The Hermitage, Prettiest Museum in the World
Trip Start Jun 30, 2006
42Trip End Jun 30, 2007
Map your own trip!
Show trip route
This pushing into lines eventually got so ridiculous that at train stations I had to stand with my left hand reaching out onto the counter, physically blocking anyone from coming closer, glared as hard as humanly possible, muttered swearwords, and still had to talk at the top of my lungs so that no-one would try to get their ticket from a metre back
So I consider this warning enough: if you are descended from a world of neat and orderly queuing, the likes of Switzerland and England, go to Russia at your own risk.
Hmm, I apologize for my digression into bitching, but clearly these emotions must at some point be let out - and I certainly wasn't going to let them out in Russia, it was hard enough getting tickets when I was as polite and pleasant as humanly possible - no need to yell and attract the attention of the police to ourselves, and our incorrectly-registered passports and visas.
Anyway, back at the Hermitage, things quickly turned for the better when we found out that our ISIC cards did in fact get us into every museum in St. Petersburg for free.
Inside the Hermitage was quite simply the most incredible building I've ever had the pleasure of viewing. Now, I'm not really THAT much for architecture, and while I thought the likes of previous palaces and museums I've been inside were quite pleasing from an interior decoration perspective, the Hermitage was simply miles ahead of them. It was perhaps the fact that so much of it was neo-classical - I had an absolute fit over the doors, of all things, which were fitted out in the ochre and black neoclassical style, made to resemble Greek Black-Figure vase painting
I also finally came to appreciate the strong but limited colour range that was of course used in Classical and other Greek periods to adorn statues, temples and other buildings. I had always, despite my strongest efforts to the contrary, felt that using white with bright blue and red, did give a slightly childish and simple 2d effect. Impressed as I had been with Vergina, it hadn't really convinced me otherwise. But now I have been turned, and all it took was looking at the Twenty Column hall, and to a lesser extent the Bosphorus room. The Twenty Column Hall (to me) is the pinnacle of human architectural achievement - a wonderful hall with tall, light grey pillars, scattered wall-paintings and a simple colour scheme: whites, greys, oranges, blues. All of its elements are simple but together they produce such a varied and refreshingly light effect. The coffered ceiling, how I could rave about it! But enough, for there are many pictures, even if they don't convey anywhere near the magnificence of seeing it yourself. When I am a millionaire, in sh'Allah, I shall have someone reproduce this hall for me, down to every perfect mosaic floor-tile and every lovely maroon and orange palmette.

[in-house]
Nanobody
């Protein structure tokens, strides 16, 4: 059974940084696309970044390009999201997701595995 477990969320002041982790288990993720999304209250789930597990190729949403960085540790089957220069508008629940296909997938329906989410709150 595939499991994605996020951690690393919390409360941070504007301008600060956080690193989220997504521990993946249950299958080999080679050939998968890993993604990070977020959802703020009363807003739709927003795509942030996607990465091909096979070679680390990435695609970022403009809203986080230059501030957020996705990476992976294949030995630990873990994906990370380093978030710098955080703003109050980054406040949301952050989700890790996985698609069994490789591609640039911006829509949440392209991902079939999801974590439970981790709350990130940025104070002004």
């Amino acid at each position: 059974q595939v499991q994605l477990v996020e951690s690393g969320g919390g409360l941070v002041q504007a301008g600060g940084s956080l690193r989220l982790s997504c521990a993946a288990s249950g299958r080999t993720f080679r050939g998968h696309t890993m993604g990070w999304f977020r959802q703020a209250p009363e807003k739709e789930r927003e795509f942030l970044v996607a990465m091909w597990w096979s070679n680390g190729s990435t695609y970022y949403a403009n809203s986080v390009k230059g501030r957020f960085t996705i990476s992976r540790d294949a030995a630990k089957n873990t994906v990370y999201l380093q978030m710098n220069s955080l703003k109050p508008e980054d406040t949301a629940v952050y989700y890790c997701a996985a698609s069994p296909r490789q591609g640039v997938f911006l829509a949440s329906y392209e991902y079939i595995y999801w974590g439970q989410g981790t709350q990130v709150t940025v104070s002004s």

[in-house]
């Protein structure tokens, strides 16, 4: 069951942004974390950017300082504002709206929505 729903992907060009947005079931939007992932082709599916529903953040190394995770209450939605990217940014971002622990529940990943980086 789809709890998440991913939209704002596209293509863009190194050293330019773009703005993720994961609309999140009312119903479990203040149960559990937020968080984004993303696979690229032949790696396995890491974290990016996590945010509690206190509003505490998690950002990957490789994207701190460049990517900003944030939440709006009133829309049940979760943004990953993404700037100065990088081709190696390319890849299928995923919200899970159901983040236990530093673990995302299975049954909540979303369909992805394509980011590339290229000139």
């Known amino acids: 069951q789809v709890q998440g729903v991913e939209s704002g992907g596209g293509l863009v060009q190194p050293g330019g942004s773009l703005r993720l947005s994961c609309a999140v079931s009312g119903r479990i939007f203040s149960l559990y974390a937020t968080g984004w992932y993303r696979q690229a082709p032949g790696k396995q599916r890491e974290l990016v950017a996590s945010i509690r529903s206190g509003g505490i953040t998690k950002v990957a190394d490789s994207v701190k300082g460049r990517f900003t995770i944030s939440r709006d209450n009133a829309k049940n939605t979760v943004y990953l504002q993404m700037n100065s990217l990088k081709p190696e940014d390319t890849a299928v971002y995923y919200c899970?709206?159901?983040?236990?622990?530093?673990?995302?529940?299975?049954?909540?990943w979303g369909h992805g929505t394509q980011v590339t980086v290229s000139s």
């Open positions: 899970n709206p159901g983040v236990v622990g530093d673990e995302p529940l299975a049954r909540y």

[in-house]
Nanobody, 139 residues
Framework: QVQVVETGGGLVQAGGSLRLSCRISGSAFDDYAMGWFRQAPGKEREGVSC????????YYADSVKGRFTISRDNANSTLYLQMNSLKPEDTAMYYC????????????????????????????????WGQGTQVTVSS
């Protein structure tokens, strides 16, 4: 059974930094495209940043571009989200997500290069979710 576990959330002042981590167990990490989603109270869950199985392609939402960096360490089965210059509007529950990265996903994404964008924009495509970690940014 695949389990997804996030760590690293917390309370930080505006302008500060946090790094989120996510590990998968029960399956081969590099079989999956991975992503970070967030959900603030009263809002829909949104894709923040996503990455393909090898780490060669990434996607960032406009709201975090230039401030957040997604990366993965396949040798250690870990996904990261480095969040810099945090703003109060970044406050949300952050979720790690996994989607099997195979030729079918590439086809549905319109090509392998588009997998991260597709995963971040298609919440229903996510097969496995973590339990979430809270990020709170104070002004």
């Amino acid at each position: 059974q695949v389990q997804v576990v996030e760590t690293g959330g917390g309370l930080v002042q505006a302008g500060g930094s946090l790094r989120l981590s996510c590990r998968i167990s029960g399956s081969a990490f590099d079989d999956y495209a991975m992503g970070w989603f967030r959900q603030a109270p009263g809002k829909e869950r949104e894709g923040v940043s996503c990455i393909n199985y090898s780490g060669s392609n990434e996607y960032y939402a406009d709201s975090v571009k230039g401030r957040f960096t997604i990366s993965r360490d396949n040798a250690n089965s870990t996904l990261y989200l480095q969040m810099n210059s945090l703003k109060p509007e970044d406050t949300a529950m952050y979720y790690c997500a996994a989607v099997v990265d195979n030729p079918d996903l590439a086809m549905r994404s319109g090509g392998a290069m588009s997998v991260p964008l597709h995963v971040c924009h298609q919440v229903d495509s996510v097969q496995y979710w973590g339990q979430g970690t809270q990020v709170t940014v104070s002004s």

The Bosphorus Room too had beautiful painting on it's vaulted ceilings - in this case a light red-orange with pale blue and some yellow. God forbid I ever purchase a house to renovate, I'll be up painting the ceilings like this, for years.
After all this architectural impressiveness, the Ancient Greek collection itself was sufficient, if not outstanding. Given that the first 'real' (I'll be damned if I'll call anything in Brisbane or Canberra a museum or art gallery...death to Pollock, and to blank canvases called art!) museum I went to was the Louvre, everything has to stand in comparison to that, and the collection certainly didn't exceed the quantity and quality of that
There were piles of other very impressive rooms and artifacts, which you can see in the gallery. The one thing pointedly, and unfortunately, absent in the gallery is photos of the Scythian and other gold artifacts. They were in a special exhibition room where cameras were not allowed and you had to pay some ridiculous price. But I did, and I'm very glad. The Scythian and Classical Greek gold pieces were the best by far; In particular the very famous Scythian comb with warriors fighting, whose features and limbs were so tiny and perfectly formed, and which possessed such minute detail that the patterns on their clothing were impressed with countless miniscule dots. Even more beautiful was a Greek necklace, made up of hundreds of tiny plates decorated with granulation, linked together and with adorable horned heads hanging in between. I must learn about ancient jewelry-making at some point, because I must confess that at this point I consider this, and other, necklaces, etc, absolutely incredible and mystifying, on the level of magic. Even with the magnifying glasses mounted over it one had to look very closely to see the extent of the detail, and not one microscopic imperfection
Unfortunately though, I don't think you would be able to appreciate this type of jewelry without seeing the 'real thing'. Afterwards I looked to try and find a book with it in, and it just looked a bit droll and plain really, the print resolution of the book doing it no favours at all. Even if you were able to procure a very high-resolution digital photo it would be pointless - monitor resolution is too pathetic by far to display the detail at scale, and you can't appreciate the fragile tiny beauty of the original if you blow it up out of all proportion). So get your asses to the Hermitage, and while you're there I'd appreciate it ever so much if you brought me back a certain comb and necklace...